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United Nations Daily Highlights, 00-01-26

United Nations Daily Highlights Directory - Previous Article - Next Article

From: The United Nations Home Page at <http://www.un.org> - email: unnews@un.org

HIGHLIGHTS OF THE NOON BRIEFING

BY FRED ECKHARD

SPOKESMAN FOR THE SECRETARY-GENERAL

UN HEADQUARTERS, NEW YORK

Wednesday, January 26, 2000

SECURITY COUNCIL AGREES ON HEAD OF NEW INSPECTION BODY FOR IRAQ

The President of the Security Council, U.S. Ambassador Richard Holbrooke, said today that the Council has been unable to reach consensus on the Secretary-General's nomination of Ambassador Rolf Ekeus of Sweden as the Executive Chairman of the United Nations Monitoring, Verification and Inspection Commission (UNMOVIC) for Iraq.

He added that the Council has reached consensus on another candidate, Hans Blix of Sweden who retired in 1997 as the Director-General of the International Atomic Energy Agency (IAEA). The Council's decision on Ekeus and its consensus regarding Blix's candidacy are being conveyed to Secretary-General Kofi Annan.

Under the terms of the resolution establishing UNMOVIC, the Executive Chairman is to be appointed by the Secretary-General in consultation with, and with the approval of, the Security Council.

[The Secretary-General later told reporters that he had sent a formal letter to the Security Council President recommending Blix's appointment. "Once I get their consent, I will go ahead and make the appointment." In response to questions, the Secretary-General described Blix as "a very experienced man." He added that he hopes that Iraq will cooperate.]

The Spokesman said at the briefing that the candidate's undivided support in the Council would improve the prospects of his eventual acceptance by Iraq.

COUNCIL BEGINS CONSIDERATION OF CONGO RESOLUTION

The Security Council held informal consultations on a draft Presidential Statement on the Democratic Republic of the Congo (DRC).

Shortly after the noon briefing, the consultations concluded and the Council went into a formal meeting to read the Presidential Statement which urged all the parties to the Lusaka Ceasefire Agreement to build on the momentum of the meetings held this week in New York in order to create and sustain the climate necessary for the full implementation of the Agreement.

In that statement, the Council also said it had begun consideration of a resolution authorizing the expansion of the present mandate of the UN mission in the Democratic Republic of the Congo (MONUC) along the lines recommended by the Secretary-General in his most recent report on that subject. (www.un.org/Docs/sc.htm)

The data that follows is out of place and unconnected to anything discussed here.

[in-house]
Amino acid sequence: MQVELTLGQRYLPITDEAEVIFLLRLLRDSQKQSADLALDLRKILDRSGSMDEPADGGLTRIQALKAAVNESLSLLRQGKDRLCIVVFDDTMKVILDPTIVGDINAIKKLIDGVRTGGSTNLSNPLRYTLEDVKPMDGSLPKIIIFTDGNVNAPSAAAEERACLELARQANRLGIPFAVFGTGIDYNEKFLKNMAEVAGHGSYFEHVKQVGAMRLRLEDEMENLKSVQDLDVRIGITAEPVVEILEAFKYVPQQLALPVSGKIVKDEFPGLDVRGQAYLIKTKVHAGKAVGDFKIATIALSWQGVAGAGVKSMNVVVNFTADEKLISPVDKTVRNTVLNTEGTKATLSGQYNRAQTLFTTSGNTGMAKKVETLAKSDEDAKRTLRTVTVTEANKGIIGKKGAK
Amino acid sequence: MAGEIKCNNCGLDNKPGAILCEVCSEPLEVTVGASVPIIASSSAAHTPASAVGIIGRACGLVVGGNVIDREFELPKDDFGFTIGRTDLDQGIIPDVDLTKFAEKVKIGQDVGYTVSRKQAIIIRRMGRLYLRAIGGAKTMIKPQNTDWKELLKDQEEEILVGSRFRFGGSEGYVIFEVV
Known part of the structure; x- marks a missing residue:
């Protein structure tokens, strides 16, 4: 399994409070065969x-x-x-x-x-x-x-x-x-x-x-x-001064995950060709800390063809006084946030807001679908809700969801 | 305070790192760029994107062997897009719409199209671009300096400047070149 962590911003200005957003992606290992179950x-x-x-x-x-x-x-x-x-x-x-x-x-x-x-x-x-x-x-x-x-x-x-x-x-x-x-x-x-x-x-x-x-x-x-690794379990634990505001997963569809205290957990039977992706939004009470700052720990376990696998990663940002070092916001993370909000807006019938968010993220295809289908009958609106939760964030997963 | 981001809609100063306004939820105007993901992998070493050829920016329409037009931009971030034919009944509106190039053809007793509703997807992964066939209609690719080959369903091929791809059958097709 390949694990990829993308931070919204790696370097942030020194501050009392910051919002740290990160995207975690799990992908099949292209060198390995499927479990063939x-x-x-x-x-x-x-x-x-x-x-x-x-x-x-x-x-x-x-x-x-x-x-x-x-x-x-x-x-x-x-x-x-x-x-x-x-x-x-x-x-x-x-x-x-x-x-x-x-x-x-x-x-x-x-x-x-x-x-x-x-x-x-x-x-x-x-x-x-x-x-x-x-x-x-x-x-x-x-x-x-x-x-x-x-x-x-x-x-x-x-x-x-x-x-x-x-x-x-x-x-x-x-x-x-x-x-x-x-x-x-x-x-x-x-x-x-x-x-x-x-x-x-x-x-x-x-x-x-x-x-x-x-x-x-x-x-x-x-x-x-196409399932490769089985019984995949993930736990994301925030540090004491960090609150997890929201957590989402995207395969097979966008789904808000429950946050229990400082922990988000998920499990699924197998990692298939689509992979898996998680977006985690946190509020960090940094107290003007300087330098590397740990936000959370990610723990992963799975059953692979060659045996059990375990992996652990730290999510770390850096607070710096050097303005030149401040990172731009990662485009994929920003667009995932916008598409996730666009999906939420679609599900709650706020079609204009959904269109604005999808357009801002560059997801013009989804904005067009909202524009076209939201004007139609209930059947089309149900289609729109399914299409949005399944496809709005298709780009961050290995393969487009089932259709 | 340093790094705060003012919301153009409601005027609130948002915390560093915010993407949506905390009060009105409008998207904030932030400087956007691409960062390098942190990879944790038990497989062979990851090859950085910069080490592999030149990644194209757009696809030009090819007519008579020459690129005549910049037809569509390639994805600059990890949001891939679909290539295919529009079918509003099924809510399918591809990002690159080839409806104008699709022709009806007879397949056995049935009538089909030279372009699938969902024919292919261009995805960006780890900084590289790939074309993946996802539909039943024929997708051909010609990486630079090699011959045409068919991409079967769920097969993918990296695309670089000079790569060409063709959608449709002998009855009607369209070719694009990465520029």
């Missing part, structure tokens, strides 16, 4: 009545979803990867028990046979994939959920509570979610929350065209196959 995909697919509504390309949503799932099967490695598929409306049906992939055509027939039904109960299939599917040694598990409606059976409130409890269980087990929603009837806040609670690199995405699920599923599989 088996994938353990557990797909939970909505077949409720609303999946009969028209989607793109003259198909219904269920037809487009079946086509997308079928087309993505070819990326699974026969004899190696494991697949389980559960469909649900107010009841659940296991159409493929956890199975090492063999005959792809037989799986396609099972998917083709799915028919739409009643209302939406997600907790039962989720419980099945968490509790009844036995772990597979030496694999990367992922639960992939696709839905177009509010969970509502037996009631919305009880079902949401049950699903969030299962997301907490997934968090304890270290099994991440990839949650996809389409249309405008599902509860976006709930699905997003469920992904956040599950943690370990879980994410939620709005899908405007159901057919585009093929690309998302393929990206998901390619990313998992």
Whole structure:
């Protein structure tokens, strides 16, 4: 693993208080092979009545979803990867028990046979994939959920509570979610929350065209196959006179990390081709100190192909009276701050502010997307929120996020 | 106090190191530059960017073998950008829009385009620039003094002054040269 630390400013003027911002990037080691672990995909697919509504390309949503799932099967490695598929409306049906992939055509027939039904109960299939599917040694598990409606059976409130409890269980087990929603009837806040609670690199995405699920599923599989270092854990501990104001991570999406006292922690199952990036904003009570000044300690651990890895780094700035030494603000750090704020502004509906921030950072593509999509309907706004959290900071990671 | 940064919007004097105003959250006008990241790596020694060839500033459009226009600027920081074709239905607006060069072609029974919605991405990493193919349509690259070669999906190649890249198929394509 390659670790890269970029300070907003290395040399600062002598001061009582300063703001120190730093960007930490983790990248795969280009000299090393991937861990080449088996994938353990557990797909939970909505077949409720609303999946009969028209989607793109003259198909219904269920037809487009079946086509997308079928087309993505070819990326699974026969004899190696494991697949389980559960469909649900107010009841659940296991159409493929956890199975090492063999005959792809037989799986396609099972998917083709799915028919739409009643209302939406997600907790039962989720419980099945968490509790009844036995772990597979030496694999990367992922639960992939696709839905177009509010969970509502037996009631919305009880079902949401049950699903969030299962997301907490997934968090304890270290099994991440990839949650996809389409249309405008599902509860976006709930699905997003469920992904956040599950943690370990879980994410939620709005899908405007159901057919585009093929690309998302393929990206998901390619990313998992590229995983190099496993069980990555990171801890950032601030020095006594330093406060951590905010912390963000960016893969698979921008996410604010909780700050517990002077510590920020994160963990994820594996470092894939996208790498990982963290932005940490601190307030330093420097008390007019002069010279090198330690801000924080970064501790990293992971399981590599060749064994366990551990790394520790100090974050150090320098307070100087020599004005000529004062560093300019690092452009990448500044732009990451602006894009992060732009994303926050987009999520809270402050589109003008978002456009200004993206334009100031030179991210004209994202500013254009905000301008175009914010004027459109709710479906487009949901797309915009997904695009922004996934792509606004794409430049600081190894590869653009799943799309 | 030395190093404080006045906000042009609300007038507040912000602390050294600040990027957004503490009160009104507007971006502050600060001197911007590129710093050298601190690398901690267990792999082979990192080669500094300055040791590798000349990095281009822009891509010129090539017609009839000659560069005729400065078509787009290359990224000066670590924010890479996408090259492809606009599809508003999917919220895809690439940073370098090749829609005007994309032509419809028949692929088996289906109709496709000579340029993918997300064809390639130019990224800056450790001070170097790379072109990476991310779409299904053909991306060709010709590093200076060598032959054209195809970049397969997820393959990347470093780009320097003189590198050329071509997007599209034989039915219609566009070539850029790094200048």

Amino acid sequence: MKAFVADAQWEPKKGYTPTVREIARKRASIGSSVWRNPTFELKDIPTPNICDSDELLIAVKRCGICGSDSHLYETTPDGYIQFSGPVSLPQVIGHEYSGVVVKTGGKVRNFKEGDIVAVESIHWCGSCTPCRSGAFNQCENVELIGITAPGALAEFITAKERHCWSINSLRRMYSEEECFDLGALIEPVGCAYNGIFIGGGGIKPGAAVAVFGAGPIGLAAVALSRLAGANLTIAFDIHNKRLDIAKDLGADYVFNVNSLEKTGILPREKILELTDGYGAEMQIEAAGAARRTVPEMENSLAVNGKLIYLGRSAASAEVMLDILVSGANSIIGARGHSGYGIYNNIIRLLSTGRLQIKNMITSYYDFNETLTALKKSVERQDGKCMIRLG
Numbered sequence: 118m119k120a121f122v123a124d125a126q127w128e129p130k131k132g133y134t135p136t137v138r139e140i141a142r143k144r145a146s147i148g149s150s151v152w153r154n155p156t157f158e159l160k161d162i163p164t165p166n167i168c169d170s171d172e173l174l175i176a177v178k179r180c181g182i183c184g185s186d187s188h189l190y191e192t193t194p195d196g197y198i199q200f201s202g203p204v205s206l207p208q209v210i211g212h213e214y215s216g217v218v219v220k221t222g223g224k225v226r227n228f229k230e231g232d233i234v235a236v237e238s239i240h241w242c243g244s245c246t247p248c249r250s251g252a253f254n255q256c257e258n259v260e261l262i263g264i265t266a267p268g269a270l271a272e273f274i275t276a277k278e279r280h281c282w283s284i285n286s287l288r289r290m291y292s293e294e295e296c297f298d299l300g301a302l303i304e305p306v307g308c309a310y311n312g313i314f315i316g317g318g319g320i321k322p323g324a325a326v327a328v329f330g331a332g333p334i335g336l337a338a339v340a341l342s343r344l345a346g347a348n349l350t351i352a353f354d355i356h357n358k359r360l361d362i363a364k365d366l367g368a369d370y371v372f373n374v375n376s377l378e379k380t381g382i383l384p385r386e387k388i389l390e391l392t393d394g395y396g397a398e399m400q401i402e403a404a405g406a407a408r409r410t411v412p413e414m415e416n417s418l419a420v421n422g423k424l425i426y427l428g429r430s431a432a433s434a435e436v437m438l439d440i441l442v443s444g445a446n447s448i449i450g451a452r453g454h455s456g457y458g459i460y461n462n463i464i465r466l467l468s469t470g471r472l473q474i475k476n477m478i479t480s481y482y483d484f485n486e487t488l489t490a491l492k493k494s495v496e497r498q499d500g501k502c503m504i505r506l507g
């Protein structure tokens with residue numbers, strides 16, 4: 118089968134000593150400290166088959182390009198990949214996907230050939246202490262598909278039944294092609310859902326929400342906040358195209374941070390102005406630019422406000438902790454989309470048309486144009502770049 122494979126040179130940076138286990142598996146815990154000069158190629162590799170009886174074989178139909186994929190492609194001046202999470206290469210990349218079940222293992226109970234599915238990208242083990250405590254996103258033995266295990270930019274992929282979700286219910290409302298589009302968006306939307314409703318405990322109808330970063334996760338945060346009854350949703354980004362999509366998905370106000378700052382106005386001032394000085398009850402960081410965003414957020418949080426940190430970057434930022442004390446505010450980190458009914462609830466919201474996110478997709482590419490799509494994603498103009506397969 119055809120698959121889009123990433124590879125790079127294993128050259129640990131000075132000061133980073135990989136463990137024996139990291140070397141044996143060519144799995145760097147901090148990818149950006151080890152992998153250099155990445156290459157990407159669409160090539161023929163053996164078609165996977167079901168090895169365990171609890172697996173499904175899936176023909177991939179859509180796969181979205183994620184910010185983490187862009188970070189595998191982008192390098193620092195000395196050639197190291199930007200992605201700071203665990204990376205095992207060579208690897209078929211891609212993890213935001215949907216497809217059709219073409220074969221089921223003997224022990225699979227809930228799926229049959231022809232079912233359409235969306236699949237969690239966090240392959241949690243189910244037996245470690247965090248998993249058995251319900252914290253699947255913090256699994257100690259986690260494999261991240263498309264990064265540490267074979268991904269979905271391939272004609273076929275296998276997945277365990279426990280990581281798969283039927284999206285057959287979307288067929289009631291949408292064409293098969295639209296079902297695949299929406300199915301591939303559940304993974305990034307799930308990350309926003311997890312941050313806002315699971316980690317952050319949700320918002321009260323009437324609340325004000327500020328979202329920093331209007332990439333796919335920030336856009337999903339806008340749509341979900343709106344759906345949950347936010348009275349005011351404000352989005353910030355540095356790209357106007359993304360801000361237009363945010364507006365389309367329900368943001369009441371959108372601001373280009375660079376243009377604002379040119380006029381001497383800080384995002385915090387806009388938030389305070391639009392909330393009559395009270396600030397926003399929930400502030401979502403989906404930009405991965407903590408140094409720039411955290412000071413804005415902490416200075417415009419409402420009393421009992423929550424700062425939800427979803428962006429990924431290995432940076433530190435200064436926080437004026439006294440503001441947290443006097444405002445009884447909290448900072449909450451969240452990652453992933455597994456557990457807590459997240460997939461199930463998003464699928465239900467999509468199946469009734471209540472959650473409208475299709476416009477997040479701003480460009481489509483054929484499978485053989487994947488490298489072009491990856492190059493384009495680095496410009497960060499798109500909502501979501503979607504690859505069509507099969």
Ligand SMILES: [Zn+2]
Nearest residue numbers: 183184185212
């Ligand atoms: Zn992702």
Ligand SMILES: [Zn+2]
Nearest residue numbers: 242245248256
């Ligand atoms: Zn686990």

KOFI ANNAN TO LEAVE FOR MOSCOW TODAY

The Secretary-General leaves this afternoon for Moscow, where he will have meetings tomorrow and Friday with senior Russian officials, including Acting President Vladimir Putin.

In a brief exchange with Russian State Television this morning, the Secretary-General confirmed that among the issues to be discussed in Moscow was the situation in Chechnya. "Innocent civilians, the vulnerable, must be paramount in everyone's mind," he said.

The Spokesman announced that he would accompany the Secretary-General, and Acting Deputy Spokesman John Mills would be in charge in his absence. Mills would be assisted by Associate Spokesman Marie Okabe, he added.

From Moscow, the Secretary-General goes on to Geneva, where on Monday he will chair the next session of proximity talks on Cyprus. He will return to New York next Tuesday.

EXCAVATIONS BEGIN IN EAST TIMOR ENCLAVE

Despite an unsatisfactory security situation in the East Timorese enclave of Oekussi, two UN forensic experts arrived in the enclave this morning to begin excavation of what may be the largest mass grave from the post-referendum violence in the territory.

According to local witnesses, as many as 60 bodies could be buried at the site, which is in the village of Passabe, near the border with West Timor. The experts will spend approximately two weeks at the site and will have 24-hour security provided by the International Force in East Timor (INTERFET).

Meanwhile, the new Timorese Border Control Service will begin its work on Friday. The first five international customs experts arrived in Dili yesterday, and they will be training East Timorese in customs and immigration procedures.